The day began warm. Just before 8 a.m. on Tuesday, the temperature at Milwaukee Mitchell International Airport had already hit 80 degrees. That means that before 8 a.m., Milwaukee had already topped its normal high temperature for June 21, which is 79 degrees.
The record high temperature for June 21 in Milwaukee is 101 set in 1988. Weather service meteorologists were closely watching the temperatures to see if the record would be matched.
The notion of "cooler by the lake" didn't happen on Tuesday.
"There is no lake breeze," Patterson said. "Our hottest places right now are all along Lake Michigan."
A heat advisory is in effect for much of Wisconsin, including Milwaukee, Waukesha, Green Bay, Appleton, Oshkosh, Fond du Lac, Sheboygan, Madison and La Crosse into early Tuesday evening.
Tuesday also happens to be the summer solstice — the longest day of the year — for the Northern Hemisphere.
"It's the official start of summer today," Stumpf said. "It's not too often that you get possibly the warmest day of the year that falls on the solstice."
The solstice marks the official change of seasons and it's the day of the year when we have the most daylight.
Here's how NASA explains it:
"Earth orbits at an angle, so half the year, the Northern Hemisphere is tilted toward the sun — this is summer in the Northern Hemisphere, and winter in the Southern Hemisphere," according to the space agency. "The other half of the year, the Northern Hemisphere is tilted away from the sun, creating winter in the north and summer in the south.
"Solstices happen twice per year, at the points in Earth’s orbit where this tilt is most pronounced. These days are the longest (in the summer hemisphere) and shortest (in the winter hemisphere) of the year, and mark the change of seasons to summer and winter, respectively."
Sunrise was 5:13 a.m. and sunset tonight is set for 8:34 p.m. That's 15 hours and 21 minutes of daylight on Tuesday. (That compares with the winter solstice in December when we have about 9 hours of daylight between sunrise and sunset.)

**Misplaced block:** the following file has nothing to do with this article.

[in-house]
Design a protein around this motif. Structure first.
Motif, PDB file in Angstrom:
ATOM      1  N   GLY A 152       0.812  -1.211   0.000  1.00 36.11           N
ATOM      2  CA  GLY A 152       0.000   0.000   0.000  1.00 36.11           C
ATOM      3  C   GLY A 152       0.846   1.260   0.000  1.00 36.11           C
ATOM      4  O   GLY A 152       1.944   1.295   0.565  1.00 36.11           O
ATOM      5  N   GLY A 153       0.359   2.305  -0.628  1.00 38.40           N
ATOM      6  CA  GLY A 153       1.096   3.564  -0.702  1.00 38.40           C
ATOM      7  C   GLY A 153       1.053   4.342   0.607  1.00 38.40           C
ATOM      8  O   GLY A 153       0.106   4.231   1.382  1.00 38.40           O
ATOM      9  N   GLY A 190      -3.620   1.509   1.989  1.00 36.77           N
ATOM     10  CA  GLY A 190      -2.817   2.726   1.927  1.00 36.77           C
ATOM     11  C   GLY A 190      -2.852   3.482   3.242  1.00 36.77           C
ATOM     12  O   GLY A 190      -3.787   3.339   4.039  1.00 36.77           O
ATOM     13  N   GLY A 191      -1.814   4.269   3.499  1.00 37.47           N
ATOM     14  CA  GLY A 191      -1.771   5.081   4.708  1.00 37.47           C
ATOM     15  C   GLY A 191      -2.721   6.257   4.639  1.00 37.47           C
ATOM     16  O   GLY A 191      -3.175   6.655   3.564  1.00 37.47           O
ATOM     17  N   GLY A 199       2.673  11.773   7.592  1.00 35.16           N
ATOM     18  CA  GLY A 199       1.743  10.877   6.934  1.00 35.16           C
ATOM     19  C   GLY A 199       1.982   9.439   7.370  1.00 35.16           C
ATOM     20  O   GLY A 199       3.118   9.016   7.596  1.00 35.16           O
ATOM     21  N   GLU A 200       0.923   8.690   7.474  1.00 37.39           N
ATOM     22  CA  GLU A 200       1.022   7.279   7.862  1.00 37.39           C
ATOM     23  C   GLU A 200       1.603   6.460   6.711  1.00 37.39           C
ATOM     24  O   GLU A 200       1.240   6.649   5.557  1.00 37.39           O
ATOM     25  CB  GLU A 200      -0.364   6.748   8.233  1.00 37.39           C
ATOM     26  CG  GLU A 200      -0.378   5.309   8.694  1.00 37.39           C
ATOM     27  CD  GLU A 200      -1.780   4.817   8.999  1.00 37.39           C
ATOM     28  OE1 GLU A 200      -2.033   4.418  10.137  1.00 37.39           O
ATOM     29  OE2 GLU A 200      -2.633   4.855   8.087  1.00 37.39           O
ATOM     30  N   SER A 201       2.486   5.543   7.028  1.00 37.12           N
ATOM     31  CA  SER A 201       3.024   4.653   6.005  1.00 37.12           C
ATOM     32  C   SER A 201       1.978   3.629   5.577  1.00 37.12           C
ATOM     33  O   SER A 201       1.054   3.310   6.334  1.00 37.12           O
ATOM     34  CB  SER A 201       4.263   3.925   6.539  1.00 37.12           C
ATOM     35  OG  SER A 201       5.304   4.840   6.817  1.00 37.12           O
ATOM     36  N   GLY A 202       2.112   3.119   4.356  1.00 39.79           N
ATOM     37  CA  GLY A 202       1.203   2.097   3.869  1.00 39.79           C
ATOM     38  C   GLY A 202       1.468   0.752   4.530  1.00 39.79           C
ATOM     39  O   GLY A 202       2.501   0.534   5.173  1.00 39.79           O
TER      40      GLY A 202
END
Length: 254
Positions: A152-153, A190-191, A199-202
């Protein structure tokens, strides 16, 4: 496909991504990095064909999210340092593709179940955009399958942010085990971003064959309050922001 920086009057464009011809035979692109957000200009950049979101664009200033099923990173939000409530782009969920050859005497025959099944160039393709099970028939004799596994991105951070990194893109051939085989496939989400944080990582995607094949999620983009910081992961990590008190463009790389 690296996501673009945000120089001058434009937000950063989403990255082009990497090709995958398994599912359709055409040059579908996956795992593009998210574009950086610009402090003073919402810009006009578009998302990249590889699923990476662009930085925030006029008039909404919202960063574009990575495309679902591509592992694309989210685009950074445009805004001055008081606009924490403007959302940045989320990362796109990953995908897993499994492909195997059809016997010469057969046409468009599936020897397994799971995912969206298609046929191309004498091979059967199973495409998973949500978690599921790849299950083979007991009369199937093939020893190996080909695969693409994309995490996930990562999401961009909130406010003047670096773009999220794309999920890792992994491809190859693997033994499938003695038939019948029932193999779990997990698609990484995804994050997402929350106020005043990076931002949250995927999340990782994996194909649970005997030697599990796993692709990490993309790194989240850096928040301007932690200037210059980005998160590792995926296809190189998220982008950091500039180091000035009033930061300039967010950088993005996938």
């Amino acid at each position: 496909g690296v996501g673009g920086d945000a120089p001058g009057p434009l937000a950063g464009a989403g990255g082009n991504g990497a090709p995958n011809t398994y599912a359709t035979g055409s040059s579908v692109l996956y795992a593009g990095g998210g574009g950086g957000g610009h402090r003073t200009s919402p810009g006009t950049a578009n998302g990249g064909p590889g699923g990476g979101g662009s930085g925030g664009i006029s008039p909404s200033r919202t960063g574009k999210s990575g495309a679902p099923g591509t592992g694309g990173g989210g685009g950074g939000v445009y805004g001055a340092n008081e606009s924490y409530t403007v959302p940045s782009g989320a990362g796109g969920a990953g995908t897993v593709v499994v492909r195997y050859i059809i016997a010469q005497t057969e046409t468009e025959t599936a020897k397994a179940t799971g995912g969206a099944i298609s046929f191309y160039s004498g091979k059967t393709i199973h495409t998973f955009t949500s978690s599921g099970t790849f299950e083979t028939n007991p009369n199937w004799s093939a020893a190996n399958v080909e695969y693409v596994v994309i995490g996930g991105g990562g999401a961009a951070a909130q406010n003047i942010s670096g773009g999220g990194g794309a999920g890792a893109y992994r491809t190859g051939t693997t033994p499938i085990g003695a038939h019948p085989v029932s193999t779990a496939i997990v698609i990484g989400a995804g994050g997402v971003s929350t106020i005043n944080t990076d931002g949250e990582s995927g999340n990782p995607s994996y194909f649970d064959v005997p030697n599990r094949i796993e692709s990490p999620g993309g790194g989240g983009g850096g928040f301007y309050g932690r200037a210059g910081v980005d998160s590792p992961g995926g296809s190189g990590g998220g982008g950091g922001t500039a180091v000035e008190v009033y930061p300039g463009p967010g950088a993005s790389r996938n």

Thunderstorms love heat and humidity and with so much of it around Wisconsin on Tuesday, forecasters say there is a chance for a strong to perhaps even severe storm popping up across the state on Tuesday.
"With how hot and humid it is, it's possible we could see a few stronger storms today," Stumpf said. "They would be more typical summertime storms," where they pop up and drop brief heavy rain and maybe bring brief gusty winds and perhaps some small hail, but nothing overly severe, Stumpf said.
Forecasters are calling for things to cool down with less stickiness in the air for the remainder of the workweek after Tuesday.
"Wednesday will be a nice day as high pressure gradually builds into the area with high temperatures only getting into the mid-80s which will feel much better than today!" the weather service said in a statement.
Rain chances return on Saturday.
MILWAUKEE — Wisconsin is in an endemic area when it comes to ticks.Cases of Lyme Disease, transmitted by ticks, have also increased steadily across the state.University of Wisconsin-Milwaukee Associate Professor of Health Science, Dean Nardelli, said just about every year there are a significant number of reported cases. Several thousand that are actually reported and, according to Professor Nardelli, many more go unreported.“We’re in this area where there’s this perfect storm of ticks that would ...
MILWAUKEE — Wisconsin is in an endemic area when it comes to ticks.
Cases of Lyme Disease, transmitted by ticks, have also increased steadily across the state.
University of Wisconsin-Milwaukee Associate Professor of Health Science, Dean Nardelli, said just about every year there are a significant number of reported cases. Several thousand that are actually reported and, according to Professor Nardelli, many more go unreported.
“We’re in this area where there’s this perfect storm of ticks that would carry the bacteria that causes Lyme Disease, the different animal reservoirs; deer, small mammals and all of that,” Nardelli said. “It’s just sort of an ecological fact that we’re in one of the hot zones.”
Nardelli said over the past 20 years or so, the number of reported cases of Lyme Disease has increased dramatically.
“It sort of leveled off the last couple years, with several thousand cases, but then again, the last couple years have been atypical.”
He believes the numbers reported are way under actual cases and also said, “the CDC has even stated that nationwide the number of cases of Lyme Disease has been grossly underestimated.”
Bottom line: the best way to protect yourself is to avoid contact with ticks. If you’re headed to a wooded area or a spot with shrubs or tall grass, make sure your skin is covered. Wear long sleeves, pants and a hat. And don’t forget the insect repellant. Once you get inside, do a thorough check for ticks. Showering can also wash off any ticks not yet embedded.
Symptoms of Lyme Disease are about the same for adults and children.
“About three-quarters of the cases [...] will manifest initially in the days to weeks afterward with this expanding rash from the site of the tick,” he said.
The rash doesn’t always develop; Nardelli said some people will just have flu-like symptoms.
He warned if untreated, the microbes spread through the body and cause an inflammatory response, which can lead to arthritis, affect the nervous system and potentially the heart.